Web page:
NewsLEX 18 Investigates


‘Be that squeaky wheel’: Surgeon working to solve hospital bed problems urges family involvement

Hospital Hallway
Posted at 7:00 PM, Jul 11, 2023

After LEX 18 told the story last month of a woman who raised questions about the condition of her mother’s hospital beds, an expert reached out encouraging others to look out for their family members who are patients at any hospital.

Dr. David Welsh is an Indiana surgeon and a member of the American Medical Association’s Council on Science and Public Health. He recently helped bring forward a resolution that passed in the association’s house of delegates that prioritizes the care and maintenance of hospital beds.

"I looked at a lot of different resources and found out how much of a problem it was particularly with certain types of infections," Welsh said.

Hospital beds and mattresses are not like beds and mattresses at home. Welsh said that the ones in hospitals are high-tech and have components that help prevent infection. When they aren’t working or maintained properly, it can cause infection and other issues, he said.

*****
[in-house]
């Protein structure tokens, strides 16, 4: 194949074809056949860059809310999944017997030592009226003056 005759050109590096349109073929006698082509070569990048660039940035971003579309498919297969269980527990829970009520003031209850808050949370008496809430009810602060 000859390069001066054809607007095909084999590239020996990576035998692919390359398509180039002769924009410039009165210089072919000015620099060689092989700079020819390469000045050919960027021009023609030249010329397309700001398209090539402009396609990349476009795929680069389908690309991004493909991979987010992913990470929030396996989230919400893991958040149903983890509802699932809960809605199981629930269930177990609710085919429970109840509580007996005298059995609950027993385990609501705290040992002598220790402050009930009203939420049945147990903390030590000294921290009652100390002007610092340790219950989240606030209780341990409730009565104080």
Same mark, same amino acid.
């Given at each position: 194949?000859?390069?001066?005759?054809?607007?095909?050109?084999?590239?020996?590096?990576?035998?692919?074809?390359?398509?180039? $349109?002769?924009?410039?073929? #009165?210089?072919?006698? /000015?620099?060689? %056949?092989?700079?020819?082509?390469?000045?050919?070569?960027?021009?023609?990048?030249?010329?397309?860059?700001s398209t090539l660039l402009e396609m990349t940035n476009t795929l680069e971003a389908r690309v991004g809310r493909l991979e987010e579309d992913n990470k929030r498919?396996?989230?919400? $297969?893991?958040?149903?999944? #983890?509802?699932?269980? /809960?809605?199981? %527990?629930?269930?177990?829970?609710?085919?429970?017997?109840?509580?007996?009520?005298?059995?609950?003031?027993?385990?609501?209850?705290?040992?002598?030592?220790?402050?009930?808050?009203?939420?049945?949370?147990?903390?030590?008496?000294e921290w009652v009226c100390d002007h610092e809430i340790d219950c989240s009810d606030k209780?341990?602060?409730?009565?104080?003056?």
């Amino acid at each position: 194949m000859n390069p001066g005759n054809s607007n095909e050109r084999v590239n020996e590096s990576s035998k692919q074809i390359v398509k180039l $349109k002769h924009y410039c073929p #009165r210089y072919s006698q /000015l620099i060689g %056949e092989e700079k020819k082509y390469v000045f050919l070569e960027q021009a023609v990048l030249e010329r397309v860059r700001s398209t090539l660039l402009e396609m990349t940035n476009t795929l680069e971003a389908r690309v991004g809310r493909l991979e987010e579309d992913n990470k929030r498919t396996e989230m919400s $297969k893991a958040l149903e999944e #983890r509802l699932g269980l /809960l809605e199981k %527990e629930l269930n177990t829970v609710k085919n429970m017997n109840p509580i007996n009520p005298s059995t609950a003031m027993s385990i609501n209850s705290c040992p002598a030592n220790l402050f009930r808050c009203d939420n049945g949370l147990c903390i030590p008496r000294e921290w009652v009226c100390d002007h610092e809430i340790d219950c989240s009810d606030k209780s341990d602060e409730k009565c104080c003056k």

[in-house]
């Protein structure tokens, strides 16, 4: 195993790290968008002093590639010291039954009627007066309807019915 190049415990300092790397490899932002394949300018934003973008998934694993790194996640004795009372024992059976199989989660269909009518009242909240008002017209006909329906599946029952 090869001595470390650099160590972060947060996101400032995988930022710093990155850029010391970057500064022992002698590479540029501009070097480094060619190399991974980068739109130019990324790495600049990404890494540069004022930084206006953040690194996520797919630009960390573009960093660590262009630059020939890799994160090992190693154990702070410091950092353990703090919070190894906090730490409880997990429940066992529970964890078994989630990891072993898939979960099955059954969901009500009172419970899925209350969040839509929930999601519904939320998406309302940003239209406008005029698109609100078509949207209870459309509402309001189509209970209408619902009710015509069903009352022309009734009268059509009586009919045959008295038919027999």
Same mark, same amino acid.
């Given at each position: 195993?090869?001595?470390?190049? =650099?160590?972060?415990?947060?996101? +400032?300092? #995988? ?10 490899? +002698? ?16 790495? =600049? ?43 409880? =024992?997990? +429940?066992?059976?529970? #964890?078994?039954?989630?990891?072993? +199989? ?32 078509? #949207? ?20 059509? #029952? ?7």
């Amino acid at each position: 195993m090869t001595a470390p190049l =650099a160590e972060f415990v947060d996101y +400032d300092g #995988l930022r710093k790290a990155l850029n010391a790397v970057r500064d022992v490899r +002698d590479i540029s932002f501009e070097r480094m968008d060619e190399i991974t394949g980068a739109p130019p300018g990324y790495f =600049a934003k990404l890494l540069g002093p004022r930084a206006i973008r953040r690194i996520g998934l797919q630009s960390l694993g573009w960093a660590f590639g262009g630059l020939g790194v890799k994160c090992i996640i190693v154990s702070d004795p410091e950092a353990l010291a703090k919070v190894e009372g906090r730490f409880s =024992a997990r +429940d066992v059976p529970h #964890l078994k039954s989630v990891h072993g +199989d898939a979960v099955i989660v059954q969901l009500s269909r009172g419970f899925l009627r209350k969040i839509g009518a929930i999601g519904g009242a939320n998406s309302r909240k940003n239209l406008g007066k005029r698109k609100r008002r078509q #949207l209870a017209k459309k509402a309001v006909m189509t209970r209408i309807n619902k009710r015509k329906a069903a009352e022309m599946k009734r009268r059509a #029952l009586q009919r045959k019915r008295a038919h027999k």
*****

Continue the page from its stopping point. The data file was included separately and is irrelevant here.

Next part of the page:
"Infections are everything from extending their stay in the hospital to … infections can lead to death,” Welsh said.

While the Centers for Medicare & Medicaid Services require hospitals to meet health and safety standards to be Medicare and Medicaid providers, and there are inspections for recertifications and after complaints, there are no specific regulations related to beds and mattresses.

Hospitals are expected to follow manufacturer guidelines on the maintenance of beds and mattresses, but ultimately it can come down to patients, family members and caregivers to point out problems, Welsh said.

“If you've got somebody in the hospital, please be that squeaky wheel,” Welsh said. “Advocate for that patient.”

For 87-year-old Barbara Switzer, her daughter Carol Plummer was that squeaky wheel. Plummer raised questions to Saint Joseph Hospital in Lexington after she said she found problems with two different beds her mother was given.

Plummer took video of the second bed, which appeared to be damaged and had a large stain, and reached out to LEX 18 to tell her story last month.

“I would feel bad for anybody who had to go through all that who didn't have anybody with them,” Switzer told LEX 18. “God is good and granted me a daughter who stood right there.”

Caregivers and staff can’t be at patients’ bedsides at all times, so it’s important for family members to be present and advocate for relatives in a hospital, Welsh said.

“I would always encourage folks, family members who have got somebody in the hospital, please check on them,” Welsh said. “Whether it's a hospital, nursing home.”